Episode 105 | How Child Life Specialists Help Kids and Families After Disasters

Podcast Show Notes

Today’s 12 minute talk became a 20+ minute talk, and Cara Smith and I discussed how parents can connect with their children after a disaster. Cara is an amazing pioneer in the child life field, and she has valuable tips both for child life specialists as well as for parents in the wake of a natural disaster, a pandemic, or any other stressful event.

In this episode, we talk about…

[1:41] Cara’s background

Cara Smith has been a child life specialist for 16-17 years. She started at Children’s Mercy Hospital in Kansas City, and she covered a number of different unites. Her first official unit was the emergency room and their urgent child abuse center, then she moved for the bulk of her career into trauma and burns, and she ended in the pediatric intensive care unit. After about eight years of that, the opportunity came along for her to jump into the academic world.  She took that plunge, and she has been working as a clinical instructor at Missouri State University for about nine years.  Taking on that position also allowed Cara to take on some work outside of the hospital world, which is an area she is super passionate about as far as child life is concerned.  

Cara currently works with the Police Athletic League, which is an organization that exists throughout the country. She works with the league in Kansas City, bringing together cops and kids to help build meaningful and healing relationships in the community. Cara is a member of their wellness and resiliency team, helping to meet some of the kids’ psychosocial and emotional needs and also doing some training with the police officers to provide a more trauma-informed approach to the great work that was already being done there.

In addition to this work, Cara was able to dive into child life work in disaster relief. She was able to go to the Bahamas after Hurricane Dorian and provide services there. That is when her eyes were really opened to just how meaningful the skillset and the role of child life can be in the disaster world. She got involved in some of the local work they were doing in the country as a program manager, helping to build relationships in the community, and then she became their trainer and educator. Cara is now mostly responsible for their webinar series that trains people to deploy to disaster zones as well as for general education for child life specialists.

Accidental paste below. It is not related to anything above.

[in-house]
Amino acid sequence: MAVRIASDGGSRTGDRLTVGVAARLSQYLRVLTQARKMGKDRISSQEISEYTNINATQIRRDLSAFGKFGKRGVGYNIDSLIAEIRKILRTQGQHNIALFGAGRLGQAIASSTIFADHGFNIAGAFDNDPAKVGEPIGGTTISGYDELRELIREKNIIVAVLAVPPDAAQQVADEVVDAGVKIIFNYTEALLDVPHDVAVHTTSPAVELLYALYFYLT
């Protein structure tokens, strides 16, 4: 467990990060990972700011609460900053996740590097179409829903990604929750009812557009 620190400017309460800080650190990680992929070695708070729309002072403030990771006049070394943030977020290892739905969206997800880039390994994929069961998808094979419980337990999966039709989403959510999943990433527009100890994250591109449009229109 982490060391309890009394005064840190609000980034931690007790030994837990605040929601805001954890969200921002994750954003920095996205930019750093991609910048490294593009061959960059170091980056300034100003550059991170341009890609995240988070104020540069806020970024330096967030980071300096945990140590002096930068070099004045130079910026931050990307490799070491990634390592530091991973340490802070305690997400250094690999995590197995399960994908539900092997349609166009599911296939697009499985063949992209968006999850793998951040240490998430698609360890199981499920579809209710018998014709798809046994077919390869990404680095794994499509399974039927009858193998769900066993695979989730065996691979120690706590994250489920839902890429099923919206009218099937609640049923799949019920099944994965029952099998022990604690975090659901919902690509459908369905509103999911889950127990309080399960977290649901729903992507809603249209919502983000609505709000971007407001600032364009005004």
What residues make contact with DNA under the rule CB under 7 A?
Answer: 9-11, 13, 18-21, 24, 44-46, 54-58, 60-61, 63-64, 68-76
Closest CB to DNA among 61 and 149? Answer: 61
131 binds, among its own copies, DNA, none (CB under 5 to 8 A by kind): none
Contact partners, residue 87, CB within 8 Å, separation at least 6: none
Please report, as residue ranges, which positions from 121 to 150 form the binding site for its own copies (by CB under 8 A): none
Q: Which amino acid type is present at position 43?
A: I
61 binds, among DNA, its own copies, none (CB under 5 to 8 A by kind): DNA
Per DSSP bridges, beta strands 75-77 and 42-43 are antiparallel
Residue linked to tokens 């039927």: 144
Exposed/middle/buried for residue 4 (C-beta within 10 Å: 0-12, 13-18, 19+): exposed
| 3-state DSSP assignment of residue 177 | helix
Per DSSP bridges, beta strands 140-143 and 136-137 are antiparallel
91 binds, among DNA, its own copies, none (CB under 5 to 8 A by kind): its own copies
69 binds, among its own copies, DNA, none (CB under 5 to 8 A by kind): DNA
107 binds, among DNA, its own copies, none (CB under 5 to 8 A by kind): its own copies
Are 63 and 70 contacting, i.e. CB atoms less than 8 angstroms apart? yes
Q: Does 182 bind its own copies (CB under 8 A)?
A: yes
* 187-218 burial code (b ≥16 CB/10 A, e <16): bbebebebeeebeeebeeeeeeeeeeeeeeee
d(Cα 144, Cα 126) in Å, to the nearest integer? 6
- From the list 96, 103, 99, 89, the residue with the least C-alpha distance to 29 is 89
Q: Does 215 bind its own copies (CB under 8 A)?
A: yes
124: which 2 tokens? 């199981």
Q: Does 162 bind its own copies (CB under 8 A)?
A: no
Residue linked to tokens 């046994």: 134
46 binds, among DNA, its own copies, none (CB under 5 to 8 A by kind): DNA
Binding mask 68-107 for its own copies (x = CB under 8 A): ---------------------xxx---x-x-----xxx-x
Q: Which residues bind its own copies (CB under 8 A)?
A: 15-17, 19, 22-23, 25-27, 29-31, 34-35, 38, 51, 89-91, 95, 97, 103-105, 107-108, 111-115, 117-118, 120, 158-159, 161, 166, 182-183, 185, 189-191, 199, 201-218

[4:18] Burnout as a child life specialist

Cara’s first eight years in the field were very intense, and she thinks she reached a state of burnout. She doesn’t think it was burnout from the populations she was working with, because she really loved that work. The burnout, however, seemed to come from the administrative piece of child life. Also, as an individual Cara tends to feel like once she has conquered something she is ready to move on. There were some changes going on in her department, and she felt drawn to continue to work with more challenging populations in different ways.

[6:44] Cara’s experience working with children in the wake of a traumatic event

When Cara first went to the Bahamas, she traveled with two other child life specialists from Florida. They were given a letter from the Ministry of Health saying that they were child life specialists and should be allowed to do their work. There were wonderful people on the ground to provide housing and transportation, but essentially they showed up with this letter in hand and were taken to a huge gymnasium filled with people.

They walked in with their backpacks full of toys, and they were suddenly thrown into this environment without a clear plan. They had training, but until you’re in the situation with the sensory overwhelm and the kids running at you, it’s all hypothetical. It was an opportunity to go back to their roots of being a child life specialist and create that space for kids to feel safe and make connections.

In the wake of a disaster, there is so much uncertainty. That ability to pause, take a deep breath, and connect to your core as a child life specialist, reminds you that you have the skills and abilities within you. You don’t even need your backpack or your stuff. You are capable of walking into this environment and creating a safe space for kids to feel connected, safe, and able to open up.